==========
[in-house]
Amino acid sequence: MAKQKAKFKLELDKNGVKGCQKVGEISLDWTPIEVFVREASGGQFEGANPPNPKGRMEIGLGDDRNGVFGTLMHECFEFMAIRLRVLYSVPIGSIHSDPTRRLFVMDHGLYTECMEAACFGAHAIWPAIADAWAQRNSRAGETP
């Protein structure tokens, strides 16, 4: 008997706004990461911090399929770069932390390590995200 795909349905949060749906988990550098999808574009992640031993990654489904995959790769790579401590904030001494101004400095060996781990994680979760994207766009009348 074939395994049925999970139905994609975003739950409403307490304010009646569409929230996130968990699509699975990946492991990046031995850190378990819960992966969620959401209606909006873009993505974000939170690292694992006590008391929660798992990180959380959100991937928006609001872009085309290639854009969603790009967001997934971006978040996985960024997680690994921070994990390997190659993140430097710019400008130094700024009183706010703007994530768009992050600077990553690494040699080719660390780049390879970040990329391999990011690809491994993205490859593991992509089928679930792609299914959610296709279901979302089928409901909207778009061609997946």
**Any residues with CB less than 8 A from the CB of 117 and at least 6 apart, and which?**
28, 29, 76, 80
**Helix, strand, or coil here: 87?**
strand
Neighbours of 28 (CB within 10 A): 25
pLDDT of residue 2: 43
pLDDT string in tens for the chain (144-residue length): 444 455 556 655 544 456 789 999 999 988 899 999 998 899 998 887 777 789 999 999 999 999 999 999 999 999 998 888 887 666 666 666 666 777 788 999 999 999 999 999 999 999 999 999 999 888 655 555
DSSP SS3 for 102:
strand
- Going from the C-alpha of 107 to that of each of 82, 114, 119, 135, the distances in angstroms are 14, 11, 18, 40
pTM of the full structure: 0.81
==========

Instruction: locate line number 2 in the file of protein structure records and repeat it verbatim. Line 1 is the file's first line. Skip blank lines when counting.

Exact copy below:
Amino acid sequence: MAKQKAKFKLELDKNGVKGCQKVGEISLDWTPIEVFVREASGGQFEGANPPNPKGRMEIGLGDDRNGVFGTLMHECFEFMAIRLRVLYSVPIGSIHSDPTRRLFVMDHGLYTECMEAACFGAHAIWPAIADAWAQRNSRAGETP